Dan Hicks, Hot Licks Singer, Dead at 74 - Rolling Stone
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Dan Hicks, Hot Licks Singer, Dead at 74

Bay Area music icon passes away following two-year battle with cancer

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Dan Hicks, a longtime Bay Area music figure and the lead singer of Dan Hicks and His Hot Licks, passed away Saturday at the age of 74

Michael Ochs Archives/Getty Images

Dan Hicks, a longtime Bay Area music figure and the lead singer of Dan Hicks and His Hot Licks, passed away Saturday following a two-year battle with cancer. He was 74. Hicks’ wife CT confirmed the singer-songwriter’s death on his official website. “He was true blue, one of a kind, and did it all his own way always,” she wrote. “To all who loved him, know that he will live forever in the words, songs, and art that he spent his life creating. He worked so hard on each and every detail – they are all pure Dan.”

The Little Rock-born, Bay Area-raised Hicks first served as drummer with the San Francisco psych-rock pioneers the Charlatans before forming his own outfit, Dan Hicks and His Hot Licks, in 1967; Hicks’ new band first acted as the Charlatans’ opening act before breaking out on their own, signing with Epic Records and releasing their 1969 debut LP Original Recordings.

The country-rock ensemble, complete with the background singers “the Lickettes,” next released 1971’s Where’s the Money? and 1972’s Striking it Rich, the latter featuring one of Hicks’ most renowned tracks, “I Scare Myself.” In 1973, just as the Hot Licks were finding success with their LP Last Train to Hicksville, Hicks dissolved the band, the fallout of which was documented in a Rolling Stone cover story.

“I didn’t say I wanted to end the group, what I said was, ‘I don’t care if this group ever works again,'” Hicks told Charles Perry in 1973. “I just got off the stage in Columbus one day feeling really drug and I said, ‘I don’t want to do this anymore.’ It’d become a big business trip; it wasn’t a fun music trip anymore. I wasn’t in love with it the way I used to be. So then everybody started runnin’ around acting like I meant the end of the group. That wasn’t my idea.”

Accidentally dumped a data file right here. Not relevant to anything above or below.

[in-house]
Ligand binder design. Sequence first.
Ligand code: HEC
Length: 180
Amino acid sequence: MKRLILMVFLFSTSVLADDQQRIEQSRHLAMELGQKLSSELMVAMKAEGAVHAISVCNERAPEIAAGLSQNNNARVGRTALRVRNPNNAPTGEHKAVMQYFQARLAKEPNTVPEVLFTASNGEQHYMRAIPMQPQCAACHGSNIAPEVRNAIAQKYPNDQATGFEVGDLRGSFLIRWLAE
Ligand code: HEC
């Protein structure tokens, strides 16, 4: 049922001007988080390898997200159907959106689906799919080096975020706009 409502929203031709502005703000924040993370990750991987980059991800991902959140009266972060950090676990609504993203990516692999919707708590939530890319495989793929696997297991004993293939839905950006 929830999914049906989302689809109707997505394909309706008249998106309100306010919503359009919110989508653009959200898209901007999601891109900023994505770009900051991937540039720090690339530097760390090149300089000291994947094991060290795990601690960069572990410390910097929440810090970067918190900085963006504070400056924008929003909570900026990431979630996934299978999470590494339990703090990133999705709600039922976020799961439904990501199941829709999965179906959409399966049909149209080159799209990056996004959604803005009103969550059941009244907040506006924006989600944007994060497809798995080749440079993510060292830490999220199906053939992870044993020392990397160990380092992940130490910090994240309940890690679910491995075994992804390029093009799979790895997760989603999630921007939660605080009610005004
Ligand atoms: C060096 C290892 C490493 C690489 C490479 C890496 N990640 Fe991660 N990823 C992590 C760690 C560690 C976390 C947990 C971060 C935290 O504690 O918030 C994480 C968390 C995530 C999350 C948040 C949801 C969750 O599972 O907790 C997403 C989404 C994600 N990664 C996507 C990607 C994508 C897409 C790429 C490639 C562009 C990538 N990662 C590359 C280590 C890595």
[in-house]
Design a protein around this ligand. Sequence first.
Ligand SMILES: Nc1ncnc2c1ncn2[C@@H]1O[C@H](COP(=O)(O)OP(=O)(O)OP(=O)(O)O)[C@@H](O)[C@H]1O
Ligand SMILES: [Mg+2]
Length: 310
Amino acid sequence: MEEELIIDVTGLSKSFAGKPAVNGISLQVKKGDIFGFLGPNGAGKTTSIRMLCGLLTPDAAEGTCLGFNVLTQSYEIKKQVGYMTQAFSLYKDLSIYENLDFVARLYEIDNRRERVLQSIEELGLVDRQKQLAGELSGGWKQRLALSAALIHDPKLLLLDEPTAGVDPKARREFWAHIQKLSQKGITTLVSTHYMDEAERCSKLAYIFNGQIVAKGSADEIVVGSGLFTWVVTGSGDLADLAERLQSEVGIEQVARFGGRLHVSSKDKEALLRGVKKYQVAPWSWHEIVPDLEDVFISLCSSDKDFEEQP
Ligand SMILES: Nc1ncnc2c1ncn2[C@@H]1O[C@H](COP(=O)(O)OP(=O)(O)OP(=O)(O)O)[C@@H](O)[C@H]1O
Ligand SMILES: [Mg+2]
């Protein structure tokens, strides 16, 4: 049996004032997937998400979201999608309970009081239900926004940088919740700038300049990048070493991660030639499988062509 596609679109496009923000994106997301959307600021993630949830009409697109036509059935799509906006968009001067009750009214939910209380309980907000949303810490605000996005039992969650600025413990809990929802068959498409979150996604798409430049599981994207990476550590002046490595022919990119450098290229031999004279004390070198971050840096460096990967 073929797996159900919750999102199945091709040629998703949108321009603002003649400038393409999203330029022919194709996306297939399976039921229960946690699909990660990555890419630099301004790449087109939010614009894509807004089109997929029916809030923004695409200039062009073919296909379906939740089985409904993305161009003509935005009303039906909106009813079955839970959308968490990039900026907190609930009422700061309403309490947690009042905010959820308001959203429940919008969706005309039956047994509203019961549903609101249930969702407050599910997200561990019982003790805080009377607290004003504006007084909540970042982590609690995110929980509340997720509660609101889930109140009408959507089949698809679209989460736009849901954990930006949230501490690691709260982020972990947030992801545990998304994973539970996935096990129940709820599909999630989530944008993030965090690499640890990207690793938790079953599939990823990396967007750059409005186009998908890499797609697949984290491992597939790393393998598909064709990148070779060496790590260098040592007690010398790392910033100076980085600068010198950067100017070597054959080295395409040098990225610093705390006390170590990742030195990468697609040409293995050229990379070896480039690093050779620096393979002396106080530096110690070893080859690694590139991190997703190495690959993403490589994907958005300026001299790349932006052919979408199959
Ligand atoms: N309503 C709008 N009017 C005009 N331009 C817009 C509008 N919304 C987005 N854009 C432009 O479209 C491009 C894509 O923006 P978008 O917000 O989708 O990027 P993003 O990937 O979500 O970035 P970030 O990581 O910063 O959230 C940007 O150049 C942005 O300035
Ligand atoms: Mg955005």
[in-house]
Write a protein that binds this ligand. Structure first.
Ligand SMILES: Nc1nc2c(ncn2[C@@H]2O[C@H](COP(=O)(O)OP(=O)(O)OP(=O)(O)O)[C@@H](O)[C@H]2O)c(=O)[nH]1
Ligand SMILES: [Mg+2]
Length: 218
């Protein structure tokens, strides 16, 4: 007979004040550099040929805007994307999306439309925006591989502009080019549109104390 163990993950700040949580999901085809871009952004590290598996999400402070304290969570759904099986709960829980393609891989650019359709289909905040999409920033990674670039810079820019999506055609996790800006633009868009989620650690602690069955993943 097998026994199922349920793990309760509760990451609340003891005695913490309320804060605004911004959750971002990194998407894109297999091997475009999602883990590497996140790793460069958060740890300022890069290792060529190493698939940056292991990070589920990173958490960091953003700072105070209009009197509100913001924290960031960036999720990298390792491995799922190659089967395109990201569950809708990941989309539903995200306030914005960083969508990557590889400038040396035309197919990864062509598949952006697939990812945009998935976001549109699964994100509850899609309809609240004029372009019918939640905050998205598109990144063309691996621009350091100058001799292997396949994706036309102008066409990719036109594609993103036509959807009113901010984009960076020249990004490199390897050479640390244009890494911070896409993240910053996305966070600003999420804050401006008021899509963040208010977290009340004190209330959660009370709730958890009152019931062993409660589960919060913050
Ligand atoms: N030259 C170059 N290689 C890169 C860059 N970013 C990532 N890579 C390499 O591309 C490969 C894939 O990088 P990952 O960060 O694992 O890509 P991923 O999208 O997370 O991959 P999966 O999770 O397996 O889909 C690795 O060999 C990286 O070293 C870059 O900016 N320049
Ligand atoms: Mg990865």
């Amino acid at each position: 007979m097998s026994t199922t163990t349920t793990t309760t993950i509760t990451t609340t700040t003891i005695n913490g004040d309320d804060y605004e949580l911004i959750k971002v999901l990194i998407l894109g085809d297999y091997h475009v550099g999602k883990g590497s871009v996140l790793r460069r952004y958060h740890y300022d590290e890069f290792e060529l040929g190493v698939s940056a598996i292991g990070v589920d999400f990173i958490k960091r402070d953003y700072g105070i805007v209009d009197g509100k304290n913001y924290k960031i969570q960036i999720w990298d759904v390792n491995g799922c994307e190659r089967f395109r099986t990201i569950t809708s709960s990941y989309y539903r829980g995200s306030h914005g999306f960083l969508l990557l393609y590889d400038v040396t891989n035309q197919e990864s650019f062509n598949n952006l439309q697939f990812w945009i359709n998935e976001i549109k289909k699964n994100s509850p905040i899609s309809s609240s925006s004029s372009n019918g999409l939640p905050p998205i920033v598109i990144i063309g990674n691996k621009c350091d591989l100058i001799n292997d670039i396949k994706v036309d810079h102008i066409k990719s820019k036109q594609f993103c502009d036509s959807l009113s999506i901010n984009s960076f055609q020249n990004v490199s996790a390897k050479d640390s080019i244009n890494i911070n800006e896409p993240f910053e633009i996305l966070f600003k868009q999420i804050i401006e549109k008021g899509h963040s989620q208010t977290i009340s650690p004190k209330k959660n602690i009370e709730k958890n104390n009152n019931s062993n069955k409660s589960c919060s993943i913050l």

Hicks continued, “I’m gonna be makin’ a slow comeback, because I’m just blown out. Because I don’t think I have the confidence to even get back up on the stage. Can you comprehend a human mind, a state of mind, where everything bothers you? Yeah, there were pressures of touring and hassles in the band. But that ain’t it. It’s also, ah, the inner demons that possess me. Small, miniscule aliens from another planet.”

Following the release of Hicks’ 1978 solo LP It Happened One Bite, which featured unused tunes he penned for a Ralph Bakshi animated film – Hicks went on a 22-year hiatus from recording as a front man. During that time, Hicks recorded music for movies and television and pursued a low-key solo career. In the Eighties, Hicks performed with the Acoustic Warriors.

Over the following decades, Hicks would reform his Hot Licks with varying lineups, including a performance on a 1992 episode of Austin City Limits. In 2000, Hicks and the Hot Licks released Beatin’ the Heat, which featured guests like Tom Waits, Elvis Costello, Rickie Lee Jones and Brian Setzer. The album also kicked off a prolific final 15 years in Hicks’ life and career.

In This Article: Dan Hicks, Obituary


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